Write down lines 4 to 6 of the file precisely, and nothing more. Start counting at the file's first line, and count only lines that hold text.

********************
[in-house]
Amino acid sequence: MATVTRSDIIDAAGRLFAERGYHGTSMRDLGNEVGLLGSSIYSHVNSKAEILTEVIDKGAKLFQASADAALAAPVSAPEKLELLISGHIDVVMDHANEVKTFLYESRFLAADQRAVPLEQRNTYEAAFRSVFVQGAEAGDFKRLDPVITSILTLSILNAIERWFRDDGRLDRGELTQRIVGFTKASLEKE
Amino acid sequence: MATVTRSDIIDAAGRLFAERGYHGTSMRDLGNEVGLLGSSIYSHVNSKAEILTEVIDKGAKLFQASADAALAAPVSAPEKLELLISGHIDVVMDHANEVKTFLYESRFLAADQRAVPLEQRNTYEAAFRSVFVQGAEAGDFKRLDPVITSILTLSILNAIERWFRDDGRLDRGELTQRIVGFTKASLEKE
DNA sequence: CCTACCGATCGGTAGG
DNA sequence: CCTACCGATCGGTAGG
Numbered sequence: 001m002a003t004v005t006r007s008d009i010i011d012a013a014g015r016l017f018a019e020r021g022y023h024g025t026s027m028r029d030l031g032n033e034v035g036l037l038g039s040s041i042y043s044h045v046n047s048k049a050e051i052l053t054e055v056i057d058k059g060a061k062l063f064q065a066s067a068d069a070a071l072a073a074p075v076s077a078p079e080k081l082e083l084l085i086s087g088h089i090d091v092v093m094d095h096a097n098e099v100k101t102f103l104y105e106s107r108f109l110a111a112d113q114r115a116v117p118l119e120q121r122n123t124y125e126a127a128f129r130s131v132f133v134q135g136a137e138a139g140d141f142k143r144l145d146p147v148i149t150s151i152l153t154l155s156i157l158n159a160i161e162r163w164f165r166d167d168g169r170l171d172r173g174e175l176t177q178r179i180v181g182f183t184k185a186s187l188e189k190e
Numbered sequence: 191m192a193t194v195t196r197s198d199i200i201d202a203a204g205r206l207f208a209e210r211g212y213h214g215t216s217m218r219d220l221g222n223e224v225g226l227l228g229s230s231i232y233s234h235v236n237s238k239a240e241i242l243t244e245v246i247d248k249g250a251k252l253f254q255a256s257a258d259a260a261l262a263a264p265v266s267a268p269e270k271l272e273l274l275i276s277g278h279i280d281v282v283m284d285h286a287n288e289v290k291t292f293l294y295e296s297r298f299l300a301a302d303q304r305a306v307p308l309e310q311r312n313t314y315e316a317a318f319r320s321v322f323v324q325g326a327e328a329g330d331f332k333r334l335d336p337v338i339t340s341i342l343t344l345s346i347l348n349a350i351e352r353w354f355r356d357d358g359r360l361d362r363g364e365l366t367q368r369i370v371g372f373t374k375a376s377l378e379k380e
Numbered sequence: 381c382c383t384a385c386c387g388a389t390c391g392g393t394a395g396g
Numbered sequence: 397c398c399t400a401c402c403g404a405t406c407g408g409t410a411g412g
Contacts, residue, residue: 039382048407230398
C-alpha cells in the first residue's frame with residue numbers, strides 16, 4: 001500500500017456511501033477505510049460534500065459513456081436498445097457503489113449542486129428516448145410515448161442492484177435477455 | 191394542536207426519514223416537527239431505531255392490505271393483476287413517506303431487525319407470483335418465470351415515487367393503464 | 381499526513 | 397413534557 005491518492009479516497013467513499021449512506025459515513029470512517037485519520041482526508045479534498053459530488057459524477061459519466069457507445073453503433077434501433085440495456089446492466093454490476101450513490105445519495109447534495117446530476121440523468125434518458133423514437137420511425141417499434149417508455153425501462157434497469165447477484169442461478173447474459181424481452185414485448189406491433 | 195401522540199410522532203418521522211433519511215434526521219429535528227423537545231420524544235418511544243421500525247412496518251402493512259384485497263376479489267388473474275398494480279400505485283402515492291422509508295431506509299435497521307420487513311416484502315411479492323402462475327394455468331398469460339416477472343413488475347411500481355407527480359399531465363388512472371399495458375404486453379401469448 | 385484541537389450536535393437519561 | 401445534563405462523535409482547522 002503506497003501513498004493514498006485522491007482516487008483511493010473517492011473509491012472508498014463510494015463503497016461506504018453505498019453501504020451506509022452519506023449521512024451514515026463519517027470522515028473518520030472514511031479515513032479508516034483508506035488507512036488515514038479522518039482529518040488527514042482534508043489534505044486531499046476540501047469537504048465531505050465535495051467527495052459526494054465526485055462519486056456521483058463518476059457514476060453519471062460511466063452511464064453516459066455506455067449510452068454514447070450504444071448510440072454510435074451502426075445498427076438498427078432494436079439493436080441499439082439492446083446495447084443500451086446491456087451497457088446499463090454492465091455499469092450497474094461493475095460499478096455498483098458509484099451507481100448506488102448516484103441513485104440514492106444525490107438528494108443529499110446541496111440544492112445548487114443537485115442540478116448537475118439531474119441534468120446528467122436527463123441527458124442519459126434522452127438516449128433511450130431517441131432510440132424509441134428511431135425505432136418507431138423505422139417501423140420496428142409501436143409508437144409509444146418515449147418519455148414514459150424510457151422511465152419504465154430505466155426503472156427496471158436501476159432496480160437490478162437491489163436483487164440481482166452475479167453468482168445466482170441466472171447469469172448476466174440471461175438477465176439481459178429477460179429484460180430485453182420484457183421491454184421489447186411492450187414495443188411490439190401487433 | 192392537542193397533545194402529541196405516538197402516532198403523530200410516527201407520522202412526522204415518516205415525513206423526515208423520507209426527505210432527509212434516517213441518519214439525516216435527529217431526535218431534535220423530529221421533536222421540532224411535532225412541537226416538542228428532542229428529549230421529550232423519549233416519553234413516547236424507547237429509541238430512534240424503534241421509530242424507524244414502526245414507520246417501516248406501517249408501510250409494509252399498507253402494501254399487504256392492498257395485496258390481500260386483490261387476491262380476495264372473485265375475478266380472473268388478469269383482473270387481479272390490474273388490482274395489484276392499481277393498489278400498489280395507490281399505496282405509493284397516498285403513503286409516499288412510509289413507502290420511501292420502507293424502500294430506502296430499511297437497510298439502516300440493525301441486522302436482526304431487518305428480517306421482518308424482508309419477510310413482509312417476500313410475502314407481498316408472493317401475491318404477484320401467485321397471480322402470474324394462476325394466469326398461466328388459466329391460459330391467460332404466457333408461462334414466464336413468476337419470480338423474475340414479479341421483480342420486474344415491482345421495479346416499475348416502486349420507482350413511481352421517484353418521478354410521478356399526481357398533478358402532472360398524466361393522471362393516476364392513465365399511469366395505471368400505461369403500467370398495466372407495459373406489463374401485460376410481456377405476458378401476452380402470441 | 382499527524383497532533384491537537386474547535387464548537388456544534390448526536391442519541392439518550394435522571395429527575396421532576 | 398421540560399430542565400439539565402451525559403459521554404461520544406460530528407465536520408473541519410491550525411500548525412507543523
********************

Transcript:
DNA sequence: CCTACCGATCGGTAGG
DNA sequence: CCTACCGATCGGTAGG
Numbered sequence: 001m002a003t004v005t006r007s008d009i010i011d012a013a014g015r016l017f018a019e020r021g022y023h024g025t026s027m028r029d030l031g032n033e034v035g036l037l038g039s040s041i042y043s044h045v046n047s048k049a050e051i052l053t054e055v056i057d058k059g060a061k062l063f064q065a066s067a068d069a070a071l072a073a074p075v076s077a078p079e080k081l082e083l084l085i086s087g088h089i090d091v092v093m094d095h096a097n098e099v100k101t102f103l104y105e106s107r108f109l110a111a112d113q114r115a116v117p118l119e120q121r122n123t124y125e126a127a128f129r130s131v132f133v134q135g136a137e138a139g140d141f142k143r144l145d146p147v148i149t150s151i152l153t154l155s156i157l158n159a160i161e162r163w164f165r166d167d168g169r170l171d172r173g174e175l176t177q178r179i180v181g182f183t184k185a186s187l188e189k190e